To study medicine at university, chemistry is considered an essential subject and you will need at least one other science A-level too (you can choose between biology or physics) but most applicants will choose to study three or more science subjects to give them an advantage in their application. Mathematics is also considered a desirable A-level for a medical degree.
If you wish to study classics, then many universities will require that you study A-levels in both Latin and Classical Greek. However, given that not all schools or colleges offer A-levels in these subjects, some universities may accept you on the course with other foreign language A-levels (such as French or Italian) on the proviso that you attend summer school to get your Latin and Greek up to a minimum standard before you start the university course. Other desirable but not required A-level courses include history and history of art.
It should go without saying that to study music at university you will need a music A-level and a high level of proficiency in at least one musical instrument. Some universities will also ask that you have a grade 5 proficiency in piano alongside your main instrument. An A-level in music technology should be considered a ‘nice to have’ but most universities are unlikely to accept this in lieu of a music A-level.
Like music, you would expect to need a geography A-level to study for a geography degree, but in reality, most universities don’t have specific entry requirements to study geography. Obviously, it would be beneficial to have a geography A-level but a mix of other humanities and science subjects would give the same broad base of knowledge. If you can study geography, this is recommended, and other subjects to consider include geology, sociology, economics, mathematics, biology and chemistry.
There is rarely a required A-level list to study politics at university, but a mixture of humanities and science subjects is considered useful. You may wish to consider studying history, government and politics, psychology, economics, mathematics, English language or English literature, law or a foreign language if you wish to read a politics degree.
If it is available at your school or college then a philosophy A-level would be highly desirable to study philosophy at many universities, but as this isn’t a common A-level, it isn’t a requirement. Instead, a mixture of art and science subjects is preferred to indicate a round educational base. Subjects to consider include history, mathematics, English language, English literature and physics.
If you wish to study engineering at university then it is a requirement that you have an A-level in maths and at least one science subject. Some universities will specify that this science subject is physics whilst others will accept any of the sciences. Whilst further maths isn’t mandatory it is certainly considered nice to have, and technology subjects, such as design and technology or computer science, are also considered desirable by many universities.
This is a number-based degree, so most universities will require that you have an A-level in mathematics, and some will ask for a further mathematics A-level as well. Economics is a good A-level to take if your school or college offers it, but this is not a requirement so don’t worry if they don’t. A strong foundation in maths is the main reason why, with economics sitting alongside business studies and statistics in the ‘nice to have’ category.
It is essential that you have a mathematics A-level to study for a maths degree, and some universities will also list further mathematics as an essential A-level requirement. For your third subject, you should consider a science subject to demonstrate an interest in related areas. Physics and chemistry are good examples, whilst statistics and computing would also be beneficial.
This is another example of a degree where specific A-level subjects are not expressly required, but you will be expected to have at least one science A-level subject, and mathematics is also considered desirable. Some schools and colleges offer psychology as an A-level and if you can take this you should, as it will give you a firm base in the subject, and help you to decide if it’s the right subject for you.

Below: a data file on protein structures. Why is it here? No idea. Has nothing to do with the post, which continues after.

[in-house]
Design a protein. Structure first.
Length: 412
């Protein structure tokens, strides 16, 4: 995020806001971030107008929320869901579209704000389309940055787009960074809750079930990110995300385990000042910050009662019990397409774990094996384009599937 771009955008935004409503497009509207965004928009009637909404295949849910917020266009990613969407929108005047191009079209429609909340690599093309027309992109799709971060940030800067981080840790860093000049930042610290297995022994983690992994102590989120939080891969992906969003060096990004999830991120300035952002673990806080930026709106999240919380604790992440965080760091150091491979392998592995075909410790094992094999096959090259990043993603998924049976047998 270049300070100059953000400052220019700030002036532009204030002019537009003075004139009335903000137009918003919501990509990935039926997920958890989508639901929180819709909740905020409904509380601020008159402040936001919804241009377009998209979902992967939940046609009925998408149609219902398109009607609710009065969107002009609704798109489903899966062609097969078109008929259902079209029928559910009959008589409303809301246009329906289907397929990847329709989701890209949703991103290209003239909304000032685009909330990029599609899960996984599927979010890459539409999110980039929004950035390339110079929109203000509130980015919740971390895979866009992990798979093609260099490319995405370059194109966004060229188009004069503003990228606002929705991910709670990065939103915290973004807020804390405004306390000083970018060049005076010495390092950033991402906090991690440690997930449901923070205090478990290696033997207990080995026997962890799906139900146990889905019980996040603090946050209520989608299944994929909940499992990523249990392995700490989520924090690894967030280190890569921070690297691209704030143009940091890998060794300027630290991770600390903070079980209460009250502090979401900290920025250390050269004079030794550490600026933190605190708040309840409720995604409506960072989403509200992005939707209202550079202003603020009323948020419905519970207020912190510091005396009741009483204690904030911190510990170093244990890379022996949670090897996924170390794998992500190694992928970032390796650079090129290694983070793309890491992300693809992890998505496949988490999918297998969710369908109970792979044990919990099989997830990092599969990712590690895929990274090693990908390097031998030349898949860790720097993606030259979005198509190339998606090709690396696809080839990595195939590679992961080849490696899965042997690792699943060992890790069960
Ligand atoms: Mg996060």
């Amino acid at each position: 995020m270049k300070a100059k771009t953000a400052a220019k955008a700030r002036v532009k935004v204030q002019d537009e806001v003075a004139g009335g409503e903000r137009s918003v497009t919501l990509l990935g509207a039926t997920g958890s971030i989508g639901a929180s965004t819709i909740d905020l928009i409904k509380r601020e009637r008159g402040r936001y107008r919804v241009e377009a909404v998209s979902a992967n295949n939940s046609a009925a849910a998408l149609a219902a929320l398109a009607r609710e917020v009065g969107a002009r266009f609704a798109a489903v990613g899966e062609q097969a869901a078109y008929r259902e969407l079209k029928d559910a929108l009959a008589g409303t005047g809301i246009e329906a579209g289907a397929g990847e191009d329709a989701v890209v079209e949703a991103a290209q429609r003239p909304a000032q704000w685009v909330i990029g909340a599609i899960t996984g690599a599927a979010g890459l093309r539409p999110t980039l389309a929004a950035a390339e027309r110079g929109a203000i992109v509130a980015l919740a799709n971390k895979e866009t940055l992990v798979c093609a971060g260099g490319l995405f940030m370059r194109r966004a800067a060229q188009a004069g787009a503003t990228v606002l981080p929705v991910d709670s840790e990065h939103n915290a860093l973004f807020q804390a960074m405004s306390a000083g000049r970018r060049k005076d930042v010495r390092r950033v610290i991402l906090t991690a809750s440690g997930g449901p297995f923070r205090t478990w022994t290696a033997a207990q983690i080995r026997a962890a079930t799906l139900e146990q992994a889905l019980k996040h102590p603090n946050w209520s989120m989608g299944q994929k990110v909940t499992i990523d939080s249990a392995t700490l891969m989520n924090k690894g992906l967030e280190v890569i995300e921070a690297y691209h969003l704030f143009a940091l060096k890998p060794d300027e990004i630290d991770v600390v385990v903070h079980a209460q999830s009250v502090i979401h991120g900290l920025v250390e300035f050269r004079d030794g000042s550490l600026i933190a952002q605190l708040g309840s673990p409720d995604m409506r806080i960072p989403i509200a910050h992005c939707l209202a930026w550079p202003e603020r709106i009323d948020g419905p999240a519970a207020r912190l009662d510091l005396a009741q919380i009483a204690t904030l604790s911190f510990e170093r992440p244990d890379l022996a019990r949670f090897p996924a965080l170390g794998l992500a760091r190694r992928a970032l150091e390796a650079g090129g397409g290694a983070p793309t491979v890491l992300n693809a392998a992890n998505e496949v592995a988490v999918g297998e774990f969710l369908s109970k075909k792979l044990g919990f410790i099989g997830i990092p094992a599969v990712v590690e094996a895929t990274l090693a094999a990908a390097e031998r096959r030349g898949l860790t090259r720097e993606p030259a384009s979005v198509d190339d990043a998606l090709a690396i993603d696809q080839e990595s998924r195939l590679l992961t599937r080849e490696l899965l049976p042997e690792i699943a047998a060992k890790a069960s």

Contrary to popular belief, you don’t already need to know how to code to study computer science, but a mathematics A-level is a requirement for most universities and further maths is a requirement for many too. One science subject would also enhance your application, whilst actually studying ICT at A-level may put off some universities. If you need another subject, then computer science, electronics or geology are all good choices.
To be accepted on an architectural course at university you will need to present a portfolio of work. In order to gather this portfolio, it would be beneficial to take A-levels that require coursework that can be used for this, such as art, design or graphic design. Some architecture courses will ask for a maths A-level, but many won’t because some are more art-oriented. This is something to consider both when choosing your A-levels and choosing which university you wish to attend.
If You Haven’t Chosen Your University Course
If you don’t yet know what subject you’d like to study at university then this can make ensuring that you select the correct A-levels a little tougher, but don’t worry because it’s not uncommon for students to go into their A-levels without knowing what their next steps might be. Your first option is to choose subjects that you enjoy and that you are predicted to achieve good grades in at GCSE level: you’re more likely to achieve good grades in a subject you enjoy studying and achieving high results will open up a wider range of universities to you.
Another thing to consider is the types of subjects you choose. Picking subjects across a range of fields will help you to develop skills that assist you in a range of disciplines at university level. For example, studying essay-based subjects such as English Literature or history is a great way to demonstrate analytical skills and critical thinking. Having an essay-based A-level will help you to get onto an essay-based university course, even if they aren’t in the same field. Taking a science-based subject is a great way to demonstrate your logic and reasoning skills, as well as showing that you are familiar with scientific principles. This would help you to secure a place on a logic or science-focused course if this is the direction you choose to take. Finally, practical subjects often have a bad reputation, but this is largely ill-deserved. Some practical A-levels, such as art or music, show that you are creative, disciplined, and dedicated to a craft that you enjoy.